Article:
One thing that having MS has really done well for me is to force me to live in the moment. Prior to developing seizure disorder (thanks to MS), I was almost always focused on the future. I was in law school, working all the time towards a goal that I would not achieve. These days, my goals are much more short-term and achievable.
Yesterday, for example, I had a crazy to-do list — more stuff on it than I could possibly achieve in one day. I live by by the motto, “Do what you can when you can,” so I got a lot done before the evening, when I had a bunch of seizures.
This morning, I’m fighting the urge to be upset with my past self. I have a ton of dishes to do, including bottles for Henry. If I don’t do them first, he won’t have anything clean to eat from. But I remember yesterday. I remember walking to the village hall and the grocery store. I remember going to the chiropractor. And I remember going to sleep confused and post-ictal.
So, I didn’t get everything on my list done… but I did a lot, and practicing self-compassion means not ruining today by being a bully to my past self. Nothing helpful occurs by being mean to myself for things that are outside of my current control.
There are times when I credit my ability to live in the moment to learning and practicing meditation, but the truth of the matter is, when you have an uncontrollable seizure disorder, you learn both to prioritize your activities and to focus on what really matters — safety and caring for your (and your child’s) most basic needs. Everything else takes a back seat from time to time, and that’s ok. You have to give yourself some mercy. Dishes will wait. Unfolded clothes will wait too. And yes, even a shower or bath will wait too. Nobody died from being stinky for a day.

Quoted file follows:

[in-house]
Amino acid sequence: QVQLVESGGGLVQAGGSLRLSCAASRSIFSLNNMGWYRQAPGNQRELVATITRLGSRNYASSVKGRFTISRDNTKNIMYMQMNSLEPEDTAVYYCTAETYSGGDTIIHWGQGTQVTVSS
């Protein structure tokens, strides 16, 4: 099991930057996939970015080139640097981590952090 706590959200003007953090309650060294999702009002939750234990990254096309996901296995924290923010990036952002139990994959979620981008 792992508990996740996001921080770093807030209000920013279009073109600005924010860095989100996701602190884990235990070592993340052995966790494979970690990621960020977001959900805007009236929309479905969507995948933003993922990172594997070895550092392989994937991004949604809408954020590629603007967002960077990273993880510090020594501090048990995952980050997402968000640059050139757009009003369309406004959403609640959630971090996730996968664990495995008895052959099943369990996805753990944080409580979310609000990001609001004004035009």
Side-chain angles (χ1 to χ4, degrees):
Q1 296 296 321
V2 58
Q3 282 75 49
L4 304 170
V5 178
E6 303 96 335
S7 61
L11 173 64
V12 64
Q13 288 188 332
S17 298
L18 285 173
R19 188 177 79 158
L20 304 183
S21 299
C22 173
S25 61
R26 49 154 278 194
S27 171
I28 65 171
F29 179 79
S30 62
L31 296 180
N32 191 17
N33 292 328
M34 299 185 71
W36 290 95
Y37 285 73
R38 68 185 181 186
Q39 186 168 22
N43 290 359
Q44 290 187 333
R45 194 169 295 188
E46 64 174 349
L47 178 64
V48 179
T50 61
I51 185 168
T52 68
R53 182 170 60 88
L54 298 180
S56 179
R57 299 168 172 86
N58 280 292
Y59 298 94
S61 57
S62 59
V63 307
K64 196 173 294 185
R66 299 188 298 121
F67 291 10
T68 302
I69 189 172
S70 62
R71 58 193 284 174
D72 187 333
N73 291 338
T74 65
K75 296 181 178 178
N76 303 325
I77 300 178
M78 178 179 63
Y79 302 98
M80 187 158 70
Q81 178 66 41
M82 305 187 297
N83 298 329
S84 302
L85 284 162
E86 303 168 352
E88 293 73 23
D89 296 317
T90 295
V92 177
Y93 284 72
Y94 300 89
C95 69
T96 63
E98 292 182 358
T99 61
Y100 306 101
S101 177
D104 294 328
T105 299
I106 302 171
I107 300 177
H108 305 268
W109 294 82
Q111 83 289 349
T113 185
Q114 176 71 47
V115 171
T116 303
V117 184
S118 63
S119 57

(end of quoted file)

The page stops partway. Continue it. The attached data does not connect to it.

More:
Today, my neck and back are crazy sore, but I’m going to do my best and do what I can. That means getting out the blanket and toys for Henry to do some tummy time while I wash dishes. When he naps later, I’ll work on the seemingly never-ending comparison spreadsheet that will help me decide my Medicare advantage plan for next year and answer the question of whether or not we should add me to my husband’s insurance policy. (I’ve got to learn how secondary insurance works!) I honestly can’t imagine how folks who have more cognitive hardships than I do make these important decisions. They certainly don’t make it easy to figure out which plan is the best.
Time to go snuggle a baby, put on some Sesame Street, and do all the things. Hope you’re having a good day.